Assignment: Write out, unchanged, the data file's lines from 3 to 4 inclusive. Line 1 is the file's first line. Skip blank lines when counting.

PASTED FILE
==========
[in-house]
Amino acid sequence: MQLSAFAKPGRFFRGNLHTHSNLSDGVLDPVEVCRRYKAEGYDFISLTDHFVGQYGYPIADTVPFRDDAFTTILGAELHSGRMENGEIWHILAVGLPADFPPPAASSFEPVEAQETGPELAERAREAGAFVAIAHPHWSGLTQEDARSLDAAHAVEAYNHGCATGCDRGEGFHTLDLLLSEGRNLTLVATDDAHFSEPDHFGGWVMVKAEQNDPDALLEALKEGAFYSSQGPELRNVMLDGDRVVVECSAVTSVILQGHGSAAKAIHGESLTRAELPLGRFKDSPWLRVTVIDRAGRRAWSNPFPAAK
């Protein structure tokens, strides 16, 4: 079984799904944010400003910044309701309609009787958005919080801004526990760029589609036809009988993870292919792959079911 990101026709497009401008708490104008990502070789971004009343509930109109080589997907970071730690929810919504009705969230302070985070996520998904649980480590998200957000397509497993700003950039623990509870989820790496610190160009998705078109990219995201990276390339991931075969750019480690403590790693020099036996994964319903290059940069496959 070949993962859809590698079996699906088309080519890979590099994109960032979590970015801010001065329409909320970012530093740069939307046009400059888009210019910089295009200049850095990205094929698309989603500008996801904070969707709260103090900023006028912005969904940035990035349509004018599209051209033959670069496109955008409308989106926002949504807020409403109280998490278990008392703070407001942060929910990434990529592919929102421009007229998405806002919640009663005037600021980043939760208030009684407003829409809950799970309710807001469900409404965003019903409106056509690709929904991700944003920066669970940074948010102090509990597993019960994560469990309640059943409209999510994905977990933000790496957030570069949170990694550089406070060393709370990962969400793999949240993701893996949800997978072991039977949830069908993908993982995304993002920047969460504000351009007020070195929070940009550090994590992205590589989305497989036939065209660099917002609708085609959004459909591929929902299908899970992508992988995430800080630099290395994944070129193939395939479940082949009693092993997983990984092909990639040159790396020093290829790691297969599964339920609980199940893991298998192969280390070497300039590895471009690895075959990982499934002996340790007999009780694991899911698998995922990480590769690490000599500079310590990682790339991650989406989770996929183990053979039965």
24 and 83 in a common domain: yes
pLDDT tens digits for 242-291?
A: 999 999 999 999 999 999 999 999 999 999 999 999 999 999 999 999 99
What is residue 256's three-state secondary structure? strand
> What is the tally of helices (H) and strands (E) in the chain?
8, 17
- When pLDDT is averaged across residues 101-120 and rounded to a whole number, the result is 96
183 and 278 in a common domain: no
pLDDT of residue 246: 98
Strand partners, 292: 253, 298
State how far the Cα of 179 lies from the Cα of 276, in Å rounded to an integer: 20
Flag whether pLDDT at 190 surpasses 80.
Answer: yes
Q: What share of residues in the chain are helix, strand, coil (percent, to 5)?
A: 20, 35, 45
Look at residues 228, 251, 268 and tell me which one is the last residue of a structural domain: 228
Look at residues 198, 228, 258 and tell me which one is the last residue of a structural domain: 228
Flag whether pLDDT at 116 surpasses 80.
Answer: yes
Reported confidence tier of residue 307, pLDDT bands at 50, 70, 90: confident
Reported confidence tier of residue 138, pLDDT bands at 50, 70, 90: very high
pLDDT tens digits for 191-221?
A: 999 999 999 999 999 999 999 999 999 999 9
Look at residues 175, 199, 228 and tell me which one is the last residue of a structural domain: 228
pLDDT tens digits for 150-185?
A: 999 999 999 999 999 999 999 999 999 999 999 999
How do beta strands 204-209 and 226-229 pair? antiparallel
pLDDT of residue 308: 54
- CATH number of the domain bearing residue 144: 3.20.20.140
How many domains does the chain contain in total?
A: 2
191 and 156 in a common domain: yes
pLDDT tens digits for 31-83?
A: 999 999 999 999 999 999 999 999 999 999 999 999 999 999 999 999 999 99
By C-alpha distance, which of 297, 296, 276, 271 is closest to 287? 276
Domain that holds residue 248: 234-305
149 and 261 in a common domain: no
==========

């Protein structure tokens, strides 16, 4: 079984799904944010400003910044309701309609009787958005919080801004526990760029589609036809009988993870292919792959079911 990101026709497009401008708490104008990502070789971004009343509930109109080589997907970071730690929810919504009705969230302070985070996520998904649980480590998200957000397509497993700003950039623990509870989820790496610190160009998705078109990219995201990276390339991931075969750019480690403590790693020099036996994964319903290059940069496959 070949993962859809590698079996699906088309080519890979590099994109960032979590970015801010001065329409909320970012530093740069939307046009400059888009210019910089295009200049850095990205094929698309989603500008996801904070969707709260103090900023006028912005969904940035990035349509004018599209051209033959670069496109955008409308989106926002949504807020409403109280998490278990008392703070407001942060929910990434990529592919929102421009007229998405806002919640009663005037600021980043939760208030009684407003829409809950799970309710807001469900409404965003019903409106056509690709929904991700944003920066669970940074948010102090509990597993019960994560469990309640059943409209999510994905977990933000790496957030570069949170990694550089406070060393709370990962969400793999949240993701893996949800997978072991039977949830069908993908993982995304993002920047969460504000351009007020070195929070940009550090994590992205590589989305497989036939065209660099917002609708085609959004459909591929929902299908899970992508992988995430800080630099290395994944070129193939395939479940082949009693092993997983990984092909990639040159790396020093290829790691297969599964339920609980199940893991298998192969280390070497300039590895471009690895075959990982499934002996340790007999009780694991899911698998995922990480590769690490000599500079310590990682790339991650989406989770996929183990053979039965």
24 and 83 in a common domain: yes